# Browsing by Subject "Bosons"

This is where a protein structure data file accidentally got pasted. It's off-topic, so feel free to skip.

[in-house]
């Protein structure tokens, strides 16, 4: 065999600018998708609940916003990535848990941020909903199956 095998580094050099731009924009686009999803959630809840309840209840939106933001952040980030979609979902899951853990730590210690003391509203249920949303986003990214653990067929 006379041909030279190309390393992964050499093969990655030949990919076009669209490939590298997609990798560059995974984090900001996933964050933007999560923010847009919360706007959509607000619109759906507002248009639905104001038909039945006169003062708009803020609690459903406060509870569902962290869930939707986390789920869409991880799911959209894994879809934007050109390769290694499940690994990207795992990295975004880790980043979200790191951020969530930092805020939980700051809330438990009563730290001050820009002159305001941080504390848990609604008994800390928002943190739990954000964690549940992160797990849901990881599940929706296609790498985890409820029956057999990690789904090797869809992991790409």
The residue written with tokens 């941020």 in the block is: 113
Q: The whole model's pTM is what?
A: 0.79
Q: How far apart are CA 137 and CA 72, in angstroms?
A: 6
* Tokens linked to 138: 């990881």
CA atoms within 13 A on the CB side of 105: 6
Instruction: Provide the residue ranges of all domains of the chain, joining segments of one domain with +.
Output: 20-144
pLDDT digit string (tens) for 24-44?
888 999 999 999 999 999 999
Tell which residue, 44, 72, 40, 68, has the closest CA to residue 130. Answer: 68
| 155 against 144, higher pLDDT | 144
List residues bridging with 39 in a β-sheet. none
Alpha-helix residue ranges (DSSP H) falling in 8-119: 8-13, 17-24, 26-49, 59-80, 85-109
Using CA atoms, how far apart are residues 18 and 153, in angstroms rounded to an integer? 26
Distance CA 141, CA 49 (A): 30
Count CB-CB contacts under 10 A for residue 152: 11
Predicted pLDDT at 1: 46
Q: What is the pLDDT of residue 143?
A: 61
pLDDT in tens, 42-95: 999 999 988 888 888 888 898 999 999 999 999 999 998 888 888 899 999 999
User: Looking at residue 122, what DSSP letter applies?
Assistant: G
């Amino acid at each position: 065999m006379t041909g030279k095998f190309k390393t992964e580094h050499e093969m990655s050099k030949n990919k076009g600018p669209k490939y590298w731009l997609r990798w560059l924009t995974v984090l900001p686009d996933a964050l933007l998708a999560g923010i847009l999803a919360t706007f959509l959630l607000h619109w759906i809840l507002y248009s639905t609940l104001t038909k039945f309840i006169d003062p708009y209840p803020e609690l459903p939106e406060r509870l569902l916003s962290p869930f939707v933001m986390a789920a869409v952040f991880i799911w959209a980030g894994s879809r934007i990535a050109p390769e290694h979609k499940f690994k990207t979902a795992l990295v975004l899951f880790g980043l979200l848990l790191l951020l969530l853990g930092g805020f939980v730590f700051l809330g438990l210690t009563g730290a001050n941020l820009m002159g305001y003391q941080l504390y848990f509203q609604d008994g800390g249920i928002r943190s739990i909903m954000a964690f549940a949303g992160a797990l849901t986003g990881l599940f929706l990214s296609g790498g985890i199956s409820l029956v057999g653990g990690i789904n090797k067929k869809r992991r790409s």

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Item The dynamics of bose gases(2015-05) Taliaferro, Kenneth William; Chen, Thomas (Ph. D. in mechanical engineering and Ph. D. in mathematical physics); Maggi, Francesco; Pavlovic, Natasa; Tzirakis, Nikolaos; Vasseur, AlexisShow more We study the Gross-Pitaevskii (GP) hierarchy, which is an infinite sequence of coupled partial differential equations that models the dynamics of Bose gases and arises in the derivation of the cubic and quintic nonlinear Schrödinger equations from an N-body linear Schrödinger equation. In Chapter 2, we consider the cubic case in R³ and derive the GP hierarchy in the strong topology corresponding to the spaces used by Klainerman and Machedon in (82). We also prove that positive semidefiniteness of solutions is preserved over time and use this result to prove global well-posedness of solutions to the GP hierarchy. This is based on a joint work with Thomas Chen (24). In Chapters 3 and 4, we prove uniqueness of solutions to the GP hierarchy in R[superscript d] in a low regularity Sobolev type space in the cubic and quintic cases, respectively. These chapters are an extension of the work of Chen-Hainzl-Pavlović-Seiringer (17) and are based on joint works with Younghun Hong and Zhihui Xie (70,71).Show more Item Dynamics of quantum control in cold-atom systems(2009-05) Roy, Analabha, 1978-; Reichl, L. E.Show more The dynamics of mesoscopic two-boson systems that model an interacting pair of ultracold alkali atoms in the presence of electromagnetic potentials are considered. The translational degrees of freedom of such a system can be described by a simple reduced atom Hamiltonian. Introducing time modulations in the laser fields causes parametric variations of the Hamiltonian's Floquet eigenvalue spectrum. Broken symmetries cause level repulsion and avoided crossings in this spectrum that are quantum manifestations of the chaos in the underlying classical dynamics of the systems. We investigate the effects of this phenomenon in the coherent control of excitations in these systems. These systems can be coherently excited from their ground states to higher energy states via a Stimulated Raman Adiabatic Passage (STIRAP). The presence of avoided crossings alter the outcome of STIRAP. First, the classical dynamics of such two-boson systems in double wells is described and manifestations of the same to the quantum mechanical system are discussed. Second, the quantum dynamics of coherent control in the manner discussed above is detailed for a select choice(s) of system parameters. Finally, the same chaos-assisted adiabatic passage is demonstrated for optical lattice systems based on experiments on the same done with noninteracting atoms.Show more Item Strong correlations in bosons and fermions(2008-08) Tilahun, Dagim, 1980-; MacDonald, Allan H.; Fiete, Gregory A.Show more If there is a general theme to this thesis, it is the effects of strong correlations in both bosons and fermions. The bosonic system considered here consists of ultracold alkali atoms trapped by interfering lasers, so called optical lattices. Strong interactions, realized by increasing the depth of the lattice potential, or through the phenomenon of Feshbach resonances induce strong correlations amongst the atoms, rendering attempts to describe the systems in terms of single particle type physics unsuccessful. Of course strong correlations are not the exclusive domain of bosons, and also are not caused only by strong interactions. Other factors such as reduced dimensionality, in one-dimensional electron gases, or strong magnetic fields, in two-dimensional electron gases are known to induce strong correlations. In this thesis, we explore the manifestations of strong correlations in ultracold atoms in optical lattices and interacting electron gases. Optical lattices provide a near-perfect realization of lattice models, such as the bosonic Hubbard model (BHM) that have been formulated to study solid state systems. This follows from the absence of defects or impurities that usually plague real solid state systems. Another novel feature of optical lattices is the unprecedented control experimenters have in tuning the different lattice parameters, such as the lattice spacing and the intensity of the lasers. This control enables one to study the model Hamiltonians over a wide range of variables, such as the interaction strength between the atoms, thereby opening the door towards the observation of diverse and interesting phenomena. The BHM, and also its variants, predict various quantum phases, such as the strongly correlated Mott insulator (MI) phase that appears as a function of the parameter t/U, the ratio of the nearest neighbor hopping amplitude to the on-site interaction, which one varies experimentally over a wide range of values simply by switching the intensity of the lasers. But as always, even in these designer-made "solid state" systems, practical considerations introduce complications that blur the theoretical interpretation of experimental results, such as inhomogeneities in the lattice structure. The first part of this thesis presents a quantum theory of ultracold bosonic atoms in optical lattices capable of describing the properties of the various phases and the transitions between them. Its usefulness, compared to other approaches, we believe rests in its broad applicability and in the relative ease it handles the complications while producing quantitatively accurate results.Show more